Imagine spending your time filling out a long form, submitting it, and then receiving an error message. It is incredibly frustrating. This is where inline validation comes in. Inline validation checks user inputs for errors and informs them immediately.
How do you implement inline validation properly?
- Proper error message placement – Show the error message right next to or below the field it relates to. This gives sufficient context for any errors a user might have made and makes it easy for them to correct it.
- Preserve input errors – If a user makes an error, do not clear the field as this eases the correction process. Take the example of someone who types in their email address as blahblah.blah.com instead of [email protected]. Since only the ‘@’ symbol is omitted, preserving the original entry allows a shopper to quickly correct their mistake by inserting it instead of having to retype their whole email address again.
- Update error messages the moment a correction is made – Once a user corrects their input error(s), the error messages should be immediately updated to reflect the same. A delay would leave a user feeling the error hasn’t been corrected or anger them if they know they’ve corrected their mistake while you still insist they’ve made an error.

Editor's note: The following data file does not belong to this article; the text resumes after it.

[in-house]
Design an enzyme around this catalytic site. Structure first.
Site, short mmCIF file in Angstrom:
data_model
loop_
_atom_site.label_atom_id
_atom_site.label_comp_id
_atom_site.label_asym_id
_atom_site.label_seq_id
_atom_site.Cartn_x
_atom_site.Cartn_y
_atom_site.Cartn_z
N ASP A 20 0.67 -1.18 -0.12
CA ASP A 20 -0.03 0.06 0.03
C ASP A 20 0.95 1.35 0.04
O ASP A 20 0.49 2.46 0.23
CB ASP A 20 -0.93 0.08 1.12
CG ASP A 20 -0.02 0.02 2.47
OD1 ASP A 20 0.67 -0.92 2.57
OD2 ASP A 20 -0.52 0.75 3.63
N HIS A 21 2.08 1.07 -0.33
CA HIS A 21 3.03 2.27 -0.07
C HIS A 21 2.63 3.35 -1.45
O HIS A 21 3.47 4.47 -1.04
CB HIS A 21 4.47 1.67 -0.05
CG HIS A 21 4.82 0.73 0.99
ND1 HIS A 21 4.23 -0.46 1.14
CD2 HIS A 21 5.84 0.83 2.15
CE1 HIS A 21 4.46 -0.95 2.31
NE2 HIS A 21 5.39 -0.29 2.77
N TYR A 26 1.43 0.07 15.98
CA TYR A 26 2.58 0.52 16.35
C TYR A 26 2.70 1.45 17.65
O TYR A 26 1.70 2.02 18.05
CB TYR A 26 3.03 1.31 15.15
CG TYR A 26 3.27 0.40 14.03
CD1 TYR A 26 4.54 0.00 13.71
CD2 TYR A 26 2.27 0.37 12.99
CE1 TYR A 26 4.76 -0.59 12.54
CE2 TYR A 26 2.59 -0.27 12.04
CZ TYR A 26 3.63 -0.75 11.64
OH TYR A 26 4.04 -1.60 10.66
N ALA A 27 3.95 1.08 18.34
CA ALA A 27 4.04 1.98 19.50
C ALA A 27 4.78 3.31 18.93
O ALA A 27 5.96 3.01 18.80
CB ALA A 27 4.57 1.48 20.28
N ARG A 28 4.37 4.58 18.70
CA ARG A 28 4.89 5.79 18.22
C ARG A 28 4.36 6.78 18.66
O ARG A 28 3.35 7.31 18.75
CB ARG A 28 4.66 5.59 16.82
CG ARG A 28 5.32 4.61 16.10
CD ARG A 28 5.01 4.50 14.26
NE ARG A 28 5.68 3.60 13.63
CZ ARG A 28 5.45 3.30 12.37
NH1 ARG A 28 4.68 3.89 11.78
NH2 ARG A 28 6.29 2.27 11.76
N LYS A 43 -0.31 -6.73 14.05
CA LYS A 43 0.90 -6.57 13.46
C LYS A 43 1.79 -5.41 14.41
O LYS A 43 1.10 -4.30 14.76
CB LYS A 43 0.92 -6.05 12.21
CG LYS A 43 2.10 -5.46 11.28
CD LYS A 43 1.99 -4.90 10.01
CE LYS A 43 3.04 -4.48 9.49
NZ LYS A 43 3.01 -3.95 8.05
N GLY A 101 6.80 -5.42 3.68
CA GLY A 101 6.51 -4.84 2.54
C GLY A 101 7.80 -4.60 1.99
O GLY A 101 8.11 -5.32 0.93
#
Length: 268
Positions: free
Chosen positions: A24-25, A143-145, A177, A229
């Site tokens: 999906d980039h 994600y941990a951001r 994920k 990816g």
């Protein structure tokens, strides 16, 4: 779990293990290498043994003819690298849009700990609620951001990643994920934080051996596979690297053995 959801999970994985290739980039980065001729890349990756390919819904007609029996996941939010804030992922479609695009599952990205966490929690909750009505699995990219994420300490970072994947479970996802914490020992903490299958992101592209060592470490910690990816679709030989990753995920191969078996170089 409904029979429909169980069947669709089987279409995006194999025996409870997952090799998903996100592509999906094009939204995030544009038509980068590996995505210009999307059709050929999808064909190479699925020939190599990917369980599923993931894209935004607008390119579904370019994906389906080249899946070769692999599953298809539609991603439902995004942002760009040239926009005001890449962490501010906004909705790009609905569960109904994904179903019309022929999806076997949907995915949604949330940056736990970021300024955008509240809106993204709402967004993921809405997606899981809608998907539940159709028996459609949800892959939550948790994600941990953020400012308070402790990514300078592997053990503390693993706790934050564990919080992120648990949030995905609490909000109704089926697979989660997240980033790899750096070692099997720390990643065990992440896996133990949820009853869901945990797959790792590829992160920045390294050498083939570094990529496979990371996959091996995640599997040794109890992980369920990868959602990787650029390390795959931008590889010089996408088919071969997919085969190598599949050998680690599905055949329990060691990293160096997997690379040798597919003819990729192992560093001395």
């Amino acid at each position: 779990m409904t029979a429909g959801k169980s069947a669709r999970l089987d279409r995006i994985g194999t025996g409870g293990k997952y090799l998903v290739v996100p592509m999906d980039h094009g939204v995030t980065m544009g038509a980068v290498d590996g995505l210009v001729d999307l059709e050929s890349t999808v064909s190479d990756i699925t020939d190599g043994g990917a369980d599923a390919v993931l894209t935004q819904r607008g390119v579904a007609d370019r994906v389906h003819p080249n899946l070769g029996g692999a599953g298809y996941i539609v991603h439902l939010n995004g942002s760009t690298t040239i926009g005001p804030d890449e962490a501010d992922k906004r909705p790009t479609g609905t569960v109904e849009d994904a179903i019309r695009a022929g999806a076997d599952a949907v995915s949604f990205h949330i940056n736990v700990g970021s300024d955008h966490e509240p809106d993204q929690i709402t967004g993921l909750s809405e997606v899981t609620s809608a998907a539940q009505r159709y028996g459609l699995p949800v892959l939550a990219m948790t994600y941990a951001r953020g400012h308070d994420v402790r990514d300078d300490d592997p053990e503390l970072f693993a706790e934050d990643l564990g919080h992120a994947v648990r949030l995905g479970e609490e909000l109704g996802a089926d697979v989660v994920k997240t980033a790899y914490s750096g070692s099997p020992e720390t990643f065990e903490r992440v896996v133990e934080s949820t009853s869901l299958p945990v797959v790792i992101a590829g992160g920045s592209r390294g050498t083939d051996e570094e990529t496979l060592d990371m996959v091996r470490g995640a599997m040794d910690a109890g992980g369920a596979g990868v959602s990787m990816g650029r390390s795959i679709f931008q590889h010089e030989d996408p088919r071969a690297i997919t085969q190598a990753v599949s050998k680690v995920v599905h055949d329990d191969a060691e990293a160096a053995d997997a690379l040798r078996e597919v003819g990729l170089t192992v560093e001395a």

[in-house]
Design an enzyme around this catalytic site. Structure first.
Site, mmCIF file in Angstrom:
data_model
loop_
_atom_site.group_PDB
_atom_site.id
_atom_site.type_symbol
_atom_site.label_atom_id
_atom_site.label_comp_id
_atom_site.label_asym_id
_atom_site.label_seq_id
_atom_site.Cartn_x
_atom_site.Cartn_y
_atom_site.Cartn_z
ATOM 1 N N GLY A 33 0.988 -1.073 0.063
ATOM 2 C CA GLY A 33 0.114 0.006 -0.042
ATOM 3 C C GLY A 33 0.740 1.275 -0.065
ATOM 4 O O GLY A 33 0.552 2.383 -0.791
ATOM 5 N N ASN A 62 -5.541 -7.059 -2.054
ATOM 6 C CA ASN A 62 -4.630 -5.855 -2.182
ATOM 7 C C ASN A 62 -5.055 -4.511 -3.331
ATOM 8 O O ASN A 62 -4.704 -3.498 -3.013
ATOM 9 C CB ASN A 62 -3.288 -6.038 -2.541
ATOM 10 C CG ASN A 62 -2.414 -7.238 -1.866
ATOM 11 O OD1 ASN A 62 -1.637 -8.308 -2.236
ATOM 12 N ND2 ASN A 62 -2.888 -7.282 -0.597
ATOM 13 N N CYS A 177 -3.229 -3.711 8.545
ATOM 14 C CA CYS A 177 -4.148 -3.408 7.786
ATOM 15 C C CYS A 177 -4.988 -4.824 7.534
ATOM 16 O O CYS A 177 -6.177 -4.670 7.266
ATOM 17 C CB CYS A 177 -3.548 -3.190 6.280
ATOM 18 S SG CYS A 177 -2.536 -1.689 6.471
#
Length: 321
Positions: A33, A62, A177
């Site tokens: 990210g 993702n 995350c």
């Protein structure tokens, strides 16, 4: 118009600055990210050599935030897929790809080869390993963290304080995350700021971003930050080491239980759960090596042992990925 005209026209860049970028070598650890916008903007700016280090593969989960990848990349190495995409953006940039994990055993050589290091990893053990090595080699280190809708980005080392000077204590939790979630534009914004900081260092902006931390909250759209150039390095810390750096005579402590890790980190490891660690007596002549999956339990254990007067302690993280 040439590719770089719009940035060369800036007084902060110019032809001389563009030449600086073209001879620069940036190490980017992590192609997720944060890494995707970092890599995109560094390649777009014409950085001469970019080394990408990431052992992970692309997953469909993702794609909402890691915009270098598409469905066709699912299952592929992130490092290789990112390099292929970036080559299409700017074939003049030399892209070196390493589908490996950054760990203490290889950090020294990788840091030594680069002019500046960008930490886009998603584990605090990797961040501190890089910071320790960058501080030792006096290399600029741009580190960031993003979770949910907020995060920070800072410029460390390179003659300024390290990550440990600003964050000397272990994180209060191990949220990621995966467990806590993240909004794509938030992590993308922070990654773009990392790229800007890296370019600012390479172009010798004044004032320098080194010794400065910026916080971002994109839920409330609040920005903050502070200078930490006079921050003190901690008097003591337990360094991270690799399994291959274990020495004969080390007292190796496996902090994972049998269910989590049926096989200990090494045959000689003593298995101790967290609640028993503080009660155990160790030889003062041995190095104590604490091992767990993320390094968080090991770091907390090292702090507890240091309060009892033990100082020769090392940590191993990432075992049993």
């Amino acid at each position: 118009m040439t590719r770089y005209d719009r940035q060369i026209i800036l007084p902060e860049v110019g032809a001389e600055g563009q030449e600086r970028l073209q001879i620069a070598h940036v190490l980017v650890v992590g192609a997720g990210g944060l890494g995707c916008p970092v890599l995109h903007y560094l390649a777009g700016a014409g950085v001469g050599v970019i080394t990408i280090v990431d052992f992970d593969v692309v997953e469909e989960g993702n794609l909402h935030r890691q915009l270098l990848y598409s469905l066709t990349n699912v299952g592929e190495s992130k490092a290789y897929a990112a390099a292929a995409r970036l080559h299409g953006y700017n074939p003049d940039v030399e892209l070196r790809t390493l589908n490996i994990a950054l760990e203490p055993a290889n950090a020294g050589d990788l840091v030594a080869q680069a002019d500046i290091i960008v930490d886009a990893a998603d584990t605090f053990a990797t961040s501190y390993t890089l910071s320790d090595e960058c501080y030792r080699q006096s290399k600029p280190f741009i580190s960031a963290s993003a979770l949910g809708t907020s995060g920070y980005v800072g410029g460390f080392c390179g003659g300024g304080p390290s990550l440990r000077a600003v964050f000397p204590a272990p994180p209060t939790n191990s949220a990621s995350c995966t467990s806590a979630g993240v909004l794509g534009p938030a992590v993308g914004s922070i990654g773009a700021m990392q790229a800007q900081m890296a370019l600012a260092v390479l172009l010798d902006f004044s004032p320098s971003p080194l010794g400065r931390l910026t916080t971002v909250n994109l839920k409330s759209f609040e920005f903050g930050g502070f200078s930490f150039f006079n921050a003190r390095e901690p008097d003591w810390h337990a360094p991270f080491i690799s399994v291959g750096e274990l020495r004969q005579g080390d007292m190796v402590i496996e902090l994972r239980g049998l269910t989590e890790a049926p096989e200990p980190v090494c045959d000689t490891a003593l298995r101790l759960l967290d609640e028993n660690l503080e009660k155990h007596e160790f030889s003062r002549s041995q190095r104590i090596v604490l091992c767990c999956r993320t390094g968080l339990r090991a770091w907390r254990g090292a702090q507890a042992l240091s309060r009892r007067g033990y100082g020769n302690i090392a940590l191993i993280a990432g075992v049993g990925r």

- Acknowledge proper inputs – Don’t just show error messages. If a user makes a valid form entry, you acknowledge it with either a checkmark or by changing the text box color to either green or blue. This gives users a sense of accomplishment and indicates progress.
- Avoid premature validation– Telling a shopper they’ve made an error typing their email address after they’ve only typed in two letters is incredibly annoying. You should only validate after they are done typing and moved on to the next text field.
Credit card numbers can be validated using the Luhn algorithm, which finds out whether the card number sequence has been correctly typed. It does not validate whether the number is valid or whether the card has sufficient funds.